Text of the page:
Adverse childhood experiences are incredibly common, and a local organization is looking to spread the word about what are commonly referred to as ACEs.
According to a Centers for Disease Control study conducted from 1995 to 1997, ACEs can affect not only a person’s behavior and physical health later in life, but also how their offspring are wired. The study looked at more than 17,000 Californians’ childhood experiences as compared to their health and behavior as adults, and it focused on 10 adverse childhood experiences grouped into three categories: abuse, neglect and household challenges. Specifically, ACEs include emotional abuse, physical abuse, sexual abuse, seeing the mother treated violently, household substance abuse, mental illness in household, parental separation or divorce, having a household member who engages in criminal activity, emotional neglect and physical neglect.
The study found that those who had experienced adverse childhood experiences before age 18 had a higher chance of not only developing lifestyle issues such as alcohol abuse, smoking and drug use, but also physical effects including heart disease and liver disease. Almost two-thirds of participants reported at least one adverse childhood experience, and more than 1 in 5 participants reported three or more. The more ACEs a person had experienced, the more intense the negative health outcome.
A group called ACE Nashville has repurposed the acronym to stand for All Children Excel. The organization offers online discussion and informational resources as well as action groups, all seeking to raise awareness about adverse childhood experiences in Nashville. Ingrid Cockhren’s job as chair of parent and community education for ACE Nashville is to give presentations on ACEs to area companies, deepening understanding of ACEs and their ongoing effects. The Scene spoke with Cockhren about those ongoing effects, the possibility of reversing or preventing them and more.
Are the effects of ACEs reversible in any way?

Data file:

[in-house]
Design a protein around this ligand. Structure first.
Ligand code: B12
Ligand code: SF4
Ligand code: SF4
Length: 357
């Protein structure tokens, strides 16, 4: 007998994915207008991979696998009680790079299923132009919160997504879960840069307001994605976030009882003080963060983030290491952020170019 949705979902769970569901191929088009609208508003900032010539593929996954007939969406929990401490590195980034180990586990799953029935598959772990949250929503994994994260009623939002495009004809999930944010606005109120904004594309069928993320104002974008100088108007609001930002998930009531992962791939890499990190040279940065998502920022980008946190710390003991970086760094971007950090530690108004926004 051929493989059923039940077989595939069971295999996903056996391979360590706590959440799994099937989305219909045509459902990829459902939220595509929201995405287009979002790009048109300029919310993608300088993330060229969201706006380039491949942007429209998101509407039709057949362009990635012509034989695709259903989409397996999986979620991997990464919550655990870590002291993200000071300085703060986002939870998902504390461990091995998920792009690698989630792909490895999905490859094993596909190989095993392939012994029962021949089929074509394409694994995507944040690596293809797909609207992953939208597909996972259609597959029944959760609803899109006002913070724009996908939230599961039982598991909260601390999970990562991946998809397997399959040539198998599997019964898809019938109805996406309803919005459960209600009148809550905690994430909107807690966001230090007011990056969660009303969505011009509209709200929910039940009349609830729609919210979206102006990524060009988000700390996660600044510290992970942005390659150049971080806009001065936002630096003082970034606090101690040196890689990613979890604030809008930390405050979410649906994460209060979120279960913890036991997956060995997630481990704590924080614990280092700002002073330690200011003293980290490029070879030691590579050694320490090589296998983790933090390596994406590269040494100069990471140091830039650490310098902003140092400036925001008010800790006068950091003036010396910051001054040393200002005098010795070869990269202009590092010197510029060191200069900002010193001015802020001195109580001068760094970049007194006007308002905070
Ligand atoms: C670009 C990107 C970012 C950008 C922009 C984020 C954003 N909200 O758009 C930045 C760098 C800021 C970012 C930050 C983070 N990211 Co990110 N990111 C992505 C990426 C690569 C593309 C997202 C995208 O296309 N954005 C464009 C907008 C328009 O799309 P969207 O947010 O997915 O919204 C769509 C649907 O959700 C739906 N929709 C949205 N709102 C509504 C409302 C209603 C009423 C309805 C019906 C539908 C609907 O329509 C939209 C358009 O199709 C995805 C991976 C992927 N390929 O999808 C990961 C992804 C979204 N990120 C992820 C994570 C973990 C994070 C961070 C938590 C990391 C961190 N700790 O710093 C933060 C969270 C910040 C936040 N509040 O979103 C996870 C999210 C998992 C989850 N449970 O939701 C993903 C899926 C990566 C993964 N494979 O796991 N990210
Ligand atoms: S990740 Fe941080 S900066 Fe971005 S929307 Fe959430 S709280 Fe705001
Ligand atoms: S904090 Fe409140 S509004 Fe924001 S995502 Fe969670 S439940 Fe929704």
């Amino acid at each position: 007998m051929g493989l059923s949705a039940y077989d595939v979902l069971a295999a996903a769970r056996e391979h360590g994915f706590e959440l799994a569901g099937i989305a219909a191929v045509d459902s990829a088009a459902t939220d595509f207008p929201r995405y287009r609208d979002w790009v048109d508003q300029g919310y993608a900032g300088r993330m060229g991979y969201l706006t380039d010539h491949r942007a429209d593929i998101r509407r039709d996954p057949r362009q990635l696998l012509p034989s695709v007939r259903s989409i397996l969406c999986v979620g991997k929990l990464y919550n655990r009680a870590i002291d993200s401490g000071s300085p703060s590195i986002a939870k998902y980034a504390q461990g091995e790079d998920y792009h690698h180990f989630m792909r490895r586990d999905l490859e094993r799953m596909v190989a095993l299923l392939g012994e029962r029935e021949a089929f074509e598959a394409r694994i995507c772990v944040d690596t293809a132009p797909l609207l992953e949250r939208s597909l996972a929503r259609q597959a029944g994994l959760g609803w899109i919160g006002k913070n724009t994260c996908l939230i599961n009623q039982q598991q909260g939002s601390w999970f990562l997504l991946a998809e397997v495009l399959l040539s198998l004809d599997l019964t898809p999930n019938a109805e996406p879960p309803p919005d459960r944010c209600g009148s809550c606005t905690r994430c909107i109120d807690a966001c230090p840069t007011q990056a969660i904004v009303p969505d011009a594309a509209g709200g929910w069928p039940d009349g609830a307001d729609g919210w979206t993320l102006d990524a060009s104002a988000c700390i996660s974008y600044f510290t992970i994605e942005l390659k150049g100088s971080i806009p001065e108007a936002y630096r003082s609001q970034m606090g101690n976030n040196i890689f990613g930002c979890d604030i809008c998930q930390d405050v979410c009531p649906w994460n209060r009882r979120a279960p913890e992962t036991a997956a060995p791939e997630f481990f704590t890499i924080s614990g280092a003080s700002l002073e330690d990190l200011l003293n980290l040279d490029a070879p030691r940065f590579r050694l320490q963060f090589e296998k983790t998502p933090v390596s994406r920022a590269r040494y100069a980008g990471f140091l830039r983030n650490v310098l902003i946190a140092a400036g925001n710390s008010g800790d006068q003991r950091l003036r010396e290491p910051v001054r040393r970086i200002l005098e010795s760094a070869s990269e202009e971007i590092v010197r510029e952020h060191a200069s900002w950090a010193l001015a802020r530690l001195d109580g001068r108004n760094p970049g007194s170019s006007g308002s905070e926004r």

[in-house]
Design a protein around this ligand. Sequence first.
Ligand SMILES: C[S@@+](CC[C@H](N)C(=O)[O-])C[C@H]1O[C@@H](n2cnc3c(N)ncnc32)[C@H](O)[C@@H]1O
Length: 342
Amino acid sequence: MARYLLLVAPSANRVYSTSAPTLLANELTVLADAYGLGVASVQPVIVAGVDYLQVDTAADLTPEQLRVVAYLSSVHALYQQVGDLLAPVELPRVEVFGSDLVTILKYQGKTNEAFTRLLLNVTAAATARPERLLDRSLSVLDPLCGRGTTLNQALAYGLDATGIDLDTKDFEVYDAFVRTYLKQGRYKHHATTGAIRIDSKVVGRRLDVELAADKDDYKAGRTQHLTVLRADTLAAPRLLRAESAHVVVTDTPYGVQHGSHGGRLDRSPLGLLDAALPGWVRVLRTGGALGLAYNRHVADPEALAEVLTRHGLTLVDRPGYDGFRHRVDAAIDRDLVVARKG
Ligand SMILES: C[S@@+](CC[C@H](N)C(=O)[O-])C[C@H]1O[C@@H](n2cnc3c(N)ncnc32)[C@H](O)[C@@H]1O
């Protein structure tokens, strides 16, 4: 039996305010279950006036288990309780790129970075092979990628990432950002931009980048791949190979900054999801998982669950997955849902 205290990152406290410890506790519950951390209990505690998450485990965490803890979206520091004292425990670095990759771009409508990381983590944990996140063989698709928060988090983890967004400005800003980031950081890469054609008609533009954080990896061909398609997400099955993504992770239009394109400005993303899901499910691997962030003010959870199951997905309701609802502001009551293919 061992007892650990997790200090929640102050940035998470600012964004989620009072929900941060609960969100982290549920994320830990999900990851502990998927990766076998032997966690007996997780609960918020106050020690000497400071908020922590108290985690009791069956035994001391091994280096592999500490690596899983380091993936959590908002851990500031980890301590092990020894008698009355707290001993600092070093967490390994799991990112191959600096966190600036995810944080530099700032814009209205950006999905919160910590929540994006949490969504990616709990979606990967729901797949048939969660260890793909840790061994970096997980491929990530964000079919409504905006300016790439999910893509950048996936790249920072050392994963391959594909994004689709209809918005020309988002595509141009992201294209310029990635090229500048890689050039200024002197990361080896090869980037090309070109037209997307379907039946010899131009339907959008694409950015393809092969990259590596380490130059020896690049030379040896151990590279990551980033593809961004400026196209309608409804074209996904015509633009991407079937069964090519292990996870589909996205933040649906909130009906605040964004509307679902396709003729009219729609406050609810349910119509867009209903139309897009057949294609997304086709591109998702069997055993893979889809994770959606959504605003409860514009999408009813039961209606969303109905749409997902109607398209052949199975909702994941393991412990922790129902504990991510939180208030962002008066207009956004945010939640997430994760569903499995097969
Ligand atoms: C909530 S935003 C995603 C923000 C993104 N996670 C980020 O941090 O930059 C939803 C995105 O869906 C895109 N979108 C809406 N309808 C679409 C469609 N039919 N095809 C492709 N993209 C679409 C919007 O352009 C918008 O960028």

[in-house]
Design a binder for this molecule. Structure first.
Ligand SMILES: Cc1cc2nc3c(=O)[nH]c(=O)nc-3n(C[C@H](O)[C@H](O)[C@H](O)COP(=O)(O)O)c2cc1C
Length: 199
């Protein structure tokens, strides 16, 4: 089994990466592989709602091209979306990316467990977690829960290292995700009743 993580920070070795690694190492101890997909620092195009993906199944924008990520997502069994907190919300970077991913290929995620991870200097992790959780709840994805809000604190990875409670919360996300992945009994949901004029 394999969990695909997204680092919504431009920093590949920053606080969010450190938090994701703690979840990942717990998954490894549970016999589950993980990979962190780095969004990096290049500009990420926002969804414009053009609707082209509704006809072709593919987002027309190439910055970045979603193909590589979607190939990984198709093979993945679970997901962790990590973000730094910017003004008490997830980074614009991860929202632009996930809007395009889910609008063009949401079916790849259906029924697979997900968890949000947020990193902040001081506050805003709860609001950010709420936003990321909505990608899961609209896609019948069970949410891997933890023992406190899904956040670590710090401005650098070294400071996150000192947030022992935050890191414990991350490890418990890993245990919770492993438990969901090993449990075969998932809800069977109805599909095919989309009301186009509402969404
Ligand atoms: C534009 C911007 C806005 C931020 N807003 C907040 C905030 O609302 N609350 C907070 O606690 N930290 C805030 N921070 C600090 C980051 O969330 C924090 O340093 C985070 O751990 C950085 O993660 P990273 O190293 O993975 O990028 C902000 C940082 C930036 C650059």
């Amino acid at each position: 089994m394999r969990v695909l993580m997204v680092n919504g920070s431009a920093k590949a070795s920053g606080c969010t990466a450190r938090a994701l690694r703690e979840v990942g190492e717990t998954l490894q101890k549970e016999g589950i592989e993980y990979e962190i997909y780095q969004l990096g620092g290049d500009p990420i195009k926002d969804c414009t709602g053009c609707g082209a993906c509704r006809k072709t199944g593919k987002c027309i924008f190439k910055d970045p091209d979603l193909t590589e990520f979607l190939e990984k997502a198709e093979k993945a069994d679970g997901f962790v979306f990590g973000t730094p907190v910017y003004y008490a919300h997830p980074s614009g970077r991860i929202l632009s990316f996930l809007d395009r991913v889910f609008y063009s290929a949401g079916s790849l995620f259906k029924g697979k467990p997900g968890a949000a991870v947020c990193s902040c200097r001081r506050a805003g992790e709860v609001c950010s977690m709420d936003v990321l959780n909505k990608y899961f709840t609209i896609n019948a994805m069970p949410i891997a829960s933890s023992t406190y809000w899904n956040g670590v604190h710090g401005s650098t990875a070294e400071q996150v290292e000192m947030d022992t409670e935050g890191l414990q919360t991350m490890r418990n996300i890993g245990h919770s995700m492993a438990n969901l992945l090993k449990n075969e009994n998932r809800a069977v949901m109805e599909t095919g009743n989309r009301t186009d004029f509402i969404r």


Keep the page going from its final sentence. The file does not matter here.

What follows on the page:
Yes. Reversible is a strong word, but definitely. So let’s say you have ACEs — it doesn’t mean that you’re automatically going to get cancer. People can definitely heal themselves. The earlier the intervention the better. You can make changes in the brain easier the younger you are. It’s better to have interventions younger, which means that if someone has these things going on as a child, then hopefully that child gets counseling. If that child has an adult who is there for them, or a school counselor or someone of that nature who helps them, those things will help.
But if not, say you get into adulthood and you want to resolve the issues from your childhood, you can go to counseling, you can do yoga. There are lots of things you can do to help with past traumas. It is work. You would have to work at it. Lifelong, after you’ve had a traumatic childhood, then you need to make sure that you’re taking care of yourself to combat the issues that you’ve had in your childhood. If you don’t, then you might have the lifelong repercussions, which would be the health issues and the mental issues.
Are there things we should be looking for to prevent adverse childhood experiences from happening in the first place
Parent training is a good preventative. So you have a new family, or expectant mothers. If they give training around ACEs, that would be good, or how to be a responsive parent. Another example would be going into high schools, before people become parents, to talk about how to interact with children or be the best parent they can. There’s preventative measures like home visits for new families — when people first have their children, to do home visits from social workers. Home visits are the most successful interventions for families in general. Then also, prevention looks like overall awareness of ACEs in our community — everyone knowing that this is a thing.
To read the rest of the article by Hannah Herner from from Nashville Scene News, click here.